“Mom, I feel sick,” my 10-year-old daughter says, as she clutches her tummy on the sidelines before a big soccer game. She is sick, but she is not ill. Her tummy is churning with nervous energy; worry and anticipation are gnawing at her mind. Her pre-performance anxiety is gradually twisting the fun and excitement of game time into an angsty and stressful ordeal. The truth is, she is thrilled and energized after the game. She loves to play hard and be part of a team, but the anxiety is taking a toll on her ability to enjoy the process.
As a mom, I feel this is a great opportunity to talk to her about some important life skills and patterns of thinking that could support her emotional health long term. Learning to deal with her worries and anxieties now, while the stakes are relatively low, is about a lot more than just soccer. This is an opportunity for her to intentionally create thought pathways in her brain that she will tread into well-worn ruts over time. This is an opportunity to introduce ideas that will become her inner voice.
Here are a few of the strategies we have been trying:
Focus on the Story.The first thing I ask her is, “What story are you telling yourself about this situation?” Predictably, she says she is telling herself that she is scared, nervous, and sick with worry and fear, and that she hates the pressure of competing. I then ask her, “Is there another way you could tell this story?” She needs a little help, so we brainstorm together and she acknowledges that she’s excited to be here, in the sunshine, with her family and teammates, getting ready to run her heart out and play a sport she loves. Both stories are true, but the fearful one is much larger and louder in her brain. I encourage her to put the positive version of her story on repeat in her mind.
Take Deep Breaths.She has heard a lot about deep breathing at school—and she kind of rolls her eyes when I ask if she’s taken some deep breaths—but there is no denying the mental benefits. So, in the stressful moments before a game, I remind her to take a deep breath in and right before she breathes out, to notice the stillness she feels inside. I tell her that this space is always there and she can access it whenever she wants. We then take a few more deep, restorative breaths together, and it is empowering for her to realize that this calm space is always within her reach.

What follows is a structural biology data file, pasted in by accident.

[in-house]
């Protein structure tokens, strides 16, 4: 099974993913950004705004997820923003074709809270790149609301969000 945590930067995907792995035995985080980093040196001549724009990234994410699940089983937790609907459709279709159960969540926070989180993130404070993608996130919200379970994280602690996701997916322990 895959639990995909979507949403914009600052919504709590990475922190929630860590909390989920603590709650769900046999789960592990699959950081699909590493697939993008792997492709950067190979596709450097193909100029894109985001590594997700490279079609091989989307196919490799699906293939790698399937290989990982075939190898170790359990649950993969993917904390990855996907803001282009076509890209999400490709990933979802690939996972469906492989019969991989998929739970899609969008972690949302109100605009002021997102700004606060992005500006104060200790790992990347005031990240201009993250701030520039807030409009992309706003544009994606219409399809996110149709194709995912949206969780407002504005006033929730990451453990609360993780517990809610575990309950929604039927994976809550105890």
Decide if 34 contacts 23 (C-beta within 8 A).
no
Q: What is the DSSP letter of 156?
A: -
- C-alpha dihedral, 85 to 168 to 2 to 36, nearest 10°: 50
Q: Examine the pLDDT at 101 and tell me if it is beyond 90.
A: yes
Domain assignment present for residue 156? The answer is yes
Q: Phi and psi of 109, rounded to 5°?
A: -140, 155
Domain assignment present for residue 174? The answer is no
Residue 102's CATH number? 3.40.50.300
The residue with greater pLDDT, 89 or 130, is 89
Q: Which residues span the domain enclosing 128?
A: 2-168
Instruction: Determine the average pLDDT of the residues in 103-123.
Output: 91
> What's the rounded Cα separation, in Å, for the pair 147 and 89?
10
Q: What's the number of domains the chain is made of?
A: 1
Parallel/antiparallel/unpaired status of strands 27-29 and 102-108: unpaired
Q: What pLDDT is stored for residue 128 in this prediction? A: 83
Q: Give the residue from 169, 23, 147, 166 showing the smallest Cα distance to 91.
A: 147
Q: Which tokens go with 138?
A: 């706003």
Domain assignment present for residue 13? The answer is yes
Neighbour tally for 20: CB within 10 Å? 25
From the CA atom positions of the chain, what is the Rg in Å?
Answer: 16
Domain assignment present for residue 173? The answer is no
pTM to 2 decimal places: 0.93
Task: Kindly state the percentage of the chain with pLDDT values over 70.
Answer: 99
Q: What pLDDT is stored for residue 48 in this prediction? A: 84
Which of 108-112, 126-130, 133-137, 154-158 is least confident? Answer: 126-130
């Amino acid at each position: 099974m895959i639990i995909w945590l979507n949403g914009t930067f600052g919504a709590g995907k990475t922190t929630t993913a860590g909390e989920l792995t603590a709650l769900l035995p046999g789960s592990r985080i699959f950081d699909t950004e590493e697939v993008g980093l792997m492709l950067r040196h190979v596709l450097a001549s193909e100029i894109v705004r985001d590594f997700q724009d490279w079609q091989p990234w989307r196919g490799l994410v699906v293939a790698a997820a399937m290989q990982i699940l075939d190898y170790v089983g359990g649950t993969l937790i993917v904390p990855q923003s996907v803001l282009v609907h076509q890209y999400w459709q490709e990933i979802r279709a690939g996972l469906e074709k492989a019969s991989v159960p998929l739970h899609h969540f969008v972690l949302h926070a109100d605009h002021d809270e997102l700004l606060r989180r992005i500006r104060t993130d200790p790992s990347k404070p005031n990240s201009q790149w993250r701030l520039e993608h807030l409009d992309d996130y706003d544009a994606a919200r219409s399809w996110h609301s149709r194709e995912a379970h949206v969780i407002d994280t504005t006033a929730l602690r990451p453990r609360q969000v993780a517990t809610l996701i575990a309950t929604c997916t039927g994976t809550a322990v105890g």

Normalize Mistakes.The fear of failure may be at the core of her performance anxiety. She is an advanced student, a kind friend, and an adored daughter. She is used to succeeding and pleasing. What if she fails this time? What if she makes a mistake?
One of the most empowering tools I have discovered to combat her budding perfectionism is to use the word ‘mistakes’ often in our daily interactions. When I forget to buy an ingredient for dinner I say, “Oh, shoot, I made a mistake. That sure is a bummer, but we all make mistakes. Maybe I can substitute another ingredient!” The more diligent I am in modeling this pattern, the more resilience I see in my daughter.
I have found that in those sideline moments, if I whisper a reminder to her that, “Hey, everyone makes mistakes, just go out there and play your best and have fun” her shoulders relax. Simply reminding her that failure is part of life and not the end of the world, takes some of the bravado out of her anxiety.
I love watching my daughter internalize these patterns of thinking. The other day, she came home from school and told me her teacher was asking the class how they dealt with hard situations in life. My daughter raised her hand and said, “I like to think about the story I am telling myself.” She explained more about this process and then her teacher had the whole class practice telling themselves a different version of their hard-situation story. I knew then, that she was generalizing these lessons from the soccer field to other areas of her life. It was becoming her way of thinking.
QUESTION: What ideas have you used to help your kids deal with nervousness and anxiety? What do you wish you had been taught as a kid about how to deal with these emotions?
CHALLENGE: Make a point this week to talk about the mistakes you make. Make sure your family knows that mistakes are a normal part of life. Have a family lesson about the strategies in this article.
Edited by Kimberly Price.
Image provided by the author.